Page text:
There are things that cannot be overemphasised, such as the important role of mothers for example. Mothers do not only give lives, they nurture, they care for and look after their children for a lifetime. They do all this besides their jobs, besides being wives and mothers, tasks, that are truly, not easy to juggle. Mothers have the wonderful, amazing ability to look after a myriad of things at the same time, but sadly, often forget to take care of themselves.

The incidence of cervical cancer increases significantly from the age of 25 years. Actually, cervical cancer is the most common cause of death of middle-aged women. An estimated 570.000 women are diagnosed with cervical cancer worldwide and about 311.000 women, mothers and wives die from the disease annually. There is a significant, 50-fold difference among regions of the world regarding mortality rates, although, this type of cancer is preventable. Let me mention Finland as an example where cervical cancer mortality per 100 000 of the population is 1 . At the time of diagnosis the average age of women is 53 and only 59 at the time of death, which further highlights the severity of the problem, the significance of early mortality related to cervical cancer as a global public health concern.

What can we do to fight this high-mortality cancer? Early diagnosis and effective screening are crucial. Although Hungary provides both, 400 women lose their lives due to cervical cancer every year.

Complex screening programme (including colonoscopy and cervical smear test) was introduced in Hungary in the 80s and oncological screening has been a mandatory part of gynaecological consultations for women aged 25-65, repeated every three years if the test results are negative. The sad fact is, that the number of women dying from cervical cancer is stagnating in Hungary, there has not been any considerable decrease. Mortality risk related to cervical cancer among women aged 25-64 years is currently 3.1 times higher than in EU-15 countries. Cervical cancer screening introduced decades ago has not had the impact that was expected. The reason, apparently, is low participation rate.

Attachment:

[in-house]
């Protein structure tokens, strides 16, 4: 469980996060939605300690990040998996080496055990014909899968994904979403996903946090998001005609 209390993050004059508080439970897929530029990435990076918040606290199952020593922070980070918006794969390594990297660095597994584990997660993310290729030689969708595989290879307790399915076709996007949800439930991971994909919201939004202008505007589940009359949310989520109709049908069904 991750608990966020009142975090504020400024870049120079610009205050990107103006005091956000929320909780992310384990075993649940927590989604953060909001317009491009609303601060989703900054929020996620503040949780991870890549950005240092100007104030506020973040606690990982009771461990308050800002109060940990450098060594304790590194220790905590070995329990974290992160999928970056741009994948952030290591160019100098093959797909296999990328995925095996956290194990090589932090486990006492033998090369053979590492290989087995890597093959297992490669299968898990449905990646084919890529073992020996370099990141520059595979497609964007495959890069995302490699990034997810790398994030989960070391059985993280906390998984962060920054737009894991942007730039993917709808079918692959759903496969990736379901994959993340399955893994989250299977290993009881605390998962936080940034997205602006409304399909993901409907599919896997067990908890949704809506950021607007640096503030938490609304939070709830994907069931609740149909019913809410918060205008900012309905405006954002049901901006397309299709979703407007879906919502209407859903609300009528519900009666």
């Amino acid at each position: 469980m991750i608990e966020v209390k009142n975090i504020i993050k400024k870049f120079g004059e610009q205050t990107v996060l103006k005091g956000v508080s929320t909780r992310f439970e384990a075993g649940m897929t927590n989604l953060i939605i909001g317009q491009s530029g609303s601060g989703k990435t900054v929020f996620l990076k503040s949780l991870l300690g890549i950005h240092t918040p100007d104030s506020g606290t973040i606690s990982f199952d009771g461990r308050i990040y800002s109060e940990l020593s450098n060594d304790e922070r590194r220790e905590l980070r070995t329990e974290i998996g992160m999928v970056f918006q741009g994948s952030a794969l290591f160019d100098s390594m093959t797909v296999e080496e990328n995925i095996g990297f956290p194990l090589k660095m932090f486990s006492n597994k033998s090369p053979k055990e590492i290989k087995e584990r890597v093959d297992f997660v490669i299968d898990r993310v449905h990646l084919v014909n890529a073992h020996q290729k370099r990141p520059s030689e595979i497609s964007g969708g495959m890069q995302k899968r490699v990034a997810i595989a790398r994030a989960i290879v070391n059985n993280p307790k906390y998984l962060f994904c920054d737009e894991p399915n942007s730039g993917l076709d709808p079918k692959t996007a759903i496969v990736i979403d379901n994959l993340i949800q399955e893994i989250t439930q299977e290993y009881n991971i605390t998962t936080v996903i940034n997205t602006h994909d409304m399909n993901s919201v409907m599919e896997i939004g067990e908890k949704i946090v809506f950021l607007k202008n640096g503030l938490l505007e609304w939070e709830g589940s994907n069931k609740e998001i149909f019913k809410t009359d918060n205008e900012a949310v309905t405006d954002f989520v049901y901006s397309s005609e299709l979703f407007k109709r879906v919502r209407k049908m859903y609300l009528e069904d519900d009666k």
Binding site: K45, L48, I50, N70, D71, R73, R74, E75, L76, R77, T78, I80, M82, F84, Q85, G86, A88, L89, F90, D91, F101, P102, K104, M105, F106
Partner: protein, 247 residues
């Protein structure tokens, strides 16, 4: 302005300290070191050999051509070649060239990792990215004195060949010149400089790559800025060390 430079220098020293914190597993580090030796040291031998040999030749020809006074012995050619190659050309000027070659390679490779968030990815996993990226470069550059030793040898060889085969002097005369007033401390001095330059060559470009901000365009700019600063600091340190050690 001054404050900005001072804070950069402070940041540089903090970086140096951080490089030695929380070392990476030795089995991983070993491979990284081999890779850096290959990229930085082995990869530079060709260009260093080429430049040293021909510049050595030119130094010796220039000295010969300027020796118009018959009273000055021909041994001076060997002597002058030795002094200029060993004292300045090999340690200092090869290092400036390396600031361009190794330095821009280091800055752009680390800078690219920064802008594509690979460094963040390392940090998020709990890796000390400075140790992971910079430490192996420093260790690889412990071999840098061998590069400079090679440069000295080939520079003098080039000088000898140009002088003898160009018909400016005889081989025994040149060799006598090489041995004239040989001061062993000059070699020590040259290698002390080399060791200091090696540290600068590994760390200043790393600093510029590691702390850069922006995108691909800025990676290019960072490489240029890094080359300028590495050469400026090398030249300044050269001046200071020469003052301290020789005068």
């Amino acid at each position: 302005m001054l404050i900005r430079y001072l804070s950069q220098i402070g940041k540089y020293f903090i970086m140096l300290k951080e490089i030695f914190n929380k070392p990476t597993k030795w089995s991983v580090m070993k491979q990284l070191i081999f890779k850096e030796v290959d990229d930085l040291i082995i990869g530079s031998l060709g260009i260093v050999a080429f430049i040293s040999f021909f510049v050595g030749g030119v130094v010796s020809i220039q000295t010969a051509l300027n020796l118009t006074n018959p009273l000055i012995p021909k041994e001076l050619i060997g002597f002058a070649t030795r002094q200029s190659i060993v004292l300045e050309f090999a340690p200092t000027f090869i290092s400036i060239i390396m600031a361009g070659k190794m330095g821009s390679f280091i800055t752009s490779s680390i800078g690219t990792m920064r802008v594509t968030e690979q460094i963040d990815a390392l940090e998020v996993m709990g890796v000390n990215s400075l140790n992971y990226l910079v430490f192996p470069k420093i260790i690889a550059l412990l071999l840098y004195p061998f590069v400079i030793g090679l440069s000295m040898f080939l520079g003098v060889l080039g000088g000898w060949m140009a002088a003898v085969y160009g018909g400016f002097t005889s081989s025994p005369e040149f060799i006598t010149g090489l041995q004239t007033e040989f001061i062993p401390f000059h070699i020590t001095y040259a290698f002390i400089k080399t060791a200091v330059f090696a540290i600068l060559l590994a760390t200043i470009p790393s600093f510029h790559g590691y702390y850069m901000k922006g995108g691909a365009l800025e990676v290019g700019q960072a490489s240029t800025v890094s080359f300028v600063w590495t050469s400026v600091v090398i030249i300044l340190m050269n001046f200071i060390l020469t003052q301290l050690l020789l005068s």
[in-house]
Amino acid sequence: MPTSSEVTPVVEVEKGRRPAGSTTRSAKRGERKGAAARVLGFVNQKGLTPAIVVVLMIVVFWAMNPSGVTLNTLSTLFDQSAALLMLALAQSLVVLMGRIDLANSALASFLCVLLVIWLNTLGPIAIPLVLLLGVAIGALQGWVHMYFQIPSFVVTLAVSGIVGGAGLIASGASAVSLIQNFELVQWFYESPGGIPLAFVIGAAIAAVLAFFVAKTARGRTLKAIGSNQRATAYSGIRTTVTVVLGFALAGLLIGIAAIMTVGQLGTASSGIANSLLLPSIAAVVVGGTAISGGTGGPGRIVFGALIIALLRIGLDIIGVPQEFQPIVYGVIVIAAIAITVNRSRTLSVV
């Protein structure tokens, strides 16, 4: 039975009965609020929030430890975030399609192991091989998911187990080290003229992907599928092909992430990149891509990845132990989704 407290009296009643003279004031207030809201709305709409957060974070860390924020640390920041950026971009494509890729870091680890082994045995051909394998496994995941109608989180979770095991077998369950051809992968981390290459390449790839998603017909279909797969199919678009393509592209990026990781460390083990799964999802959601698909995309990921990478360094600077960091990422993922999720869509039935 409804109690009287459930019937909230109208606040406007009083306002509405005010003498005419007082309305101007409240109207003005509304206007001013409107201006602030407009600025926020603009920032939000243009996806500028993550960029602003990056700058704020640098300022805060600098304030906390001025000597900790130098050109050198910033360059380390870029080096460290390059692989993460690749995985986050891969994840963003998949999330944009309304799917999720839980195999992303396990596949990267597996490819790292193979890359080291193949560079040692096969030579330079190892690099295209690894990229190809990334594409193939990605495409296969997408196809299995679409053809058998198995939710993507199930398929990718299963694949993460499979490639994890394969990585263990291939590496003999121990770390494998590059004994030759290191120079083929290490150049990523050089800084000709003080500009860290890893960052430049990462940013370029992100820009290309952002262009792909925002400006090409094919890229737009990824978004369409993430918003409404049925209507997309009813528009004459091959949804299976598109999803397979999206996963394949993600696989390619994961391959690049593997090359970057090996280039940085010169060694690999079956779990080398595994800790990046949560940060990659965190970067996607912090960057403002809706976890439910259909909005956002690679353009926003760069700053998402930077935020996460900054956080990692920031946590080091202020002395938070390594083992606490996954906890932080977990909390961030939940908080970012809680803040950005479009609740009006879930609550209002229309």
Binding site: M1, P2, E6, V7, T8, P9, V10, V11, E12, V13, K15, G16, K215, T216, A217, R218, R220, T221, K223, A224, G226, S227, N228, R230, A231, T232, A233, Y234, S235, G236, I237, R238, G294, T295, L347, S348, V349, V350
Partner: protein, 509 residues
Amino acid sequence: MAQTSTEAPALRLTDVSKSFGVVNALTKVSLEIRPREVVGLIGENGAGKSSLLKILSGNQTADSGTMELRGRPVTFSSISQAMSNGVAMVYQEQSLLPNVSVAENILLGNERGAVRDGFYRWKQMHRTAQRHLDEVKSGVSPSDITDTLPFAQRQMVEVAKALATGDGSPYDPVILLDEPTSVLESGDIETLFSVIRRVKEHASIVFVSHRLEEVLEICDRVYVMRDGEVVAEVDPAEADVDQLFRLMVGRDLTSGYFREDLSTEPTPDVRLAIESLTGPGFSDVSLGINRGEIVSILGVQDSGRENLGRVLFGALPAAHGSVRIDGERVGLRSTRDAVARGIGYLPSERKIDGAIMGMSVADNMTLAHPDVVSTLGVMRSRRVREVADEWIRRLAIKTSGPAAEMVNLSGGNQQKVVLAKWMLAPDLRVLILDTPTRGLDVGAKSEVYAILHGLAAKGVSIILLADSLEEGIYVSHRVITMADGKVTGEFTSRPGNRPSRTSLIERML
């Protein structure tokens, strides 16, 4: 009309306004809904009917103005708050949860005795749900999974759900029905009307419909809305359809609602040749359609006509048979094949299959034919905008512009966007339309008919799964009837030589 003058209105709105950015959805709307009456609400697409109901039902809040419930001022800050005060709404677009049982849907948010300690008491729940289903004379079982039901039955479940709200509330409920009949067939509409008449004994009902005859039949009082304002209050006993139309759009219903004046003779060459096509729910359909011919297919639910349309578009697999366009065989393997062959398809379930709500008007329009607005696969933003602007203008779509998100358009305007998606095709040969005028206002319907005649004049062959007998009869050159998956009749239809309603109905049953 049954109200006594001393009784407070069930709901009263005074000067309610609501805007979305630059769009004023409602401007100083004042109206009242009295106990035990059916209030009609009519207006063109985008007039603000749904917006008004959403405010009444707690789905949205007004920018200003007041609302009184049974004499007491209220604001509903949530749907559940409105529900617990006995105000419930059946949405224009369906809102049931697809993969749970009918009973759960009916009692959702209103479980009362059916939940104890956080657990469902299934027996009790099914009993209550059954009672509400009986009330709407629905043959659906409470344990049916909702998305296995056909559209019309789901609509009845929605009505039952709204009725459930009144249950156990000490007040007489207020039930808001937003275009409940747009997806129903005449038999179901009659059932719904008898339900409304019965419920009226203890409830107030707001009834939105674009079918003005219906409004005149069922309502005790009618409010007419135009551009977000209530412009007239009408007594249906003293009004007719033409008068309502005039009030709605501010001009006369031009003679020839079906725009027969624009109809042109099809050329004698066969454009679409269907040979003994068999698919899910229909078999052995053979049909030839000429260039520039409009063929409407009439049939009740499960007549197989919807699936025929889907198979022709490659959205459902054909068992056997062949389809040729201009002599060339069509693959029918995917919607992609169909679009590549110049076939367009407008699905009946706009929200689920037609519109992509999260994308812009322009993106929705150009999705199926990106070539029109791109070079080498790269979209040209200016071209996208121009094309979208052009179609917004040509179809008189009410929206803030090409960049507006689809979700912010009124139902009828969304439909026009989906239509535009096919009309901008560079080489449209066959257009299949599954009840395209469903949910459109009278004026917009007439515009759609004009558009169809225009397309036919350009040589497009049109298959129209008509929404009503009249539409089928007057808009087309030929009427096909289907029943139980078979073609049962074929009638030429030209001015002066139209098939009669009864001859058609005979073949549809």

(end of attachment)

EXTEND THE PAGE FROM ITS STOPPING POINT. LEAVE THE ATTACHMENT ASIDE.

In Western-European cervical cancer screening models, screening is integrated into primary care, thus gynaecology specialists only check cases that are potentially non-negative. In 2009, Hungary introduced the Health Visitors' Cervical Cancer Screening Program which was continued through the following years. Results showed that cervical screening performed by health visitors was effective and did improve access to screening for the population.

We should bare in mind, how important effective communication is if we want to maximise participation rates. Surveys have revealed that the majority of those that did not attend screenings were lower educated and were unaware of the importance of prevention measures.

The human papilloma virus (HPV )is the most important risk factor in the development of cervical cancer. It enters the body through sexual contact and may not cause symptoms for years or even decades. During this time it may cause changes within the cells of the cervix that are cytologically detectable, and the pathological process can be halted without causing further complications. Consequently, it is crucial to inform those of the population that are at potential risk about the importance of attending screenings before symptoms develop. Risk factors include frequent changes of sexual partners, early sex life and recurrent vaginal infections. Warning signs may include painful intercourse, spotting bleeding and foul-smelling, yellowish vaginal discharge.

Health awareness should be introduced, developed and facilitated as early as possible. It is of pivotal importance to emphasise the value of health, of being healthy and of maintaning health at every age and in every forum or scene of life. It is the duty of all of us to look after and take care of ourselves and members of our families. Don’t forget, screening can save lives.

Mothers’ Day shall be one of the nicest and happiest of holidays if we manage to decrease the current number of 400 deaths down to zero.

Dr. Zsuzsanna Orsós , university assisstant lecturer

Department of Public Health Medicine


Dr. Döbrőssy Lajos: A méhnyakrákszűrés öt évtizede Magyarországon. Nőgyógyászati Onkológia 2007; 12:5–9.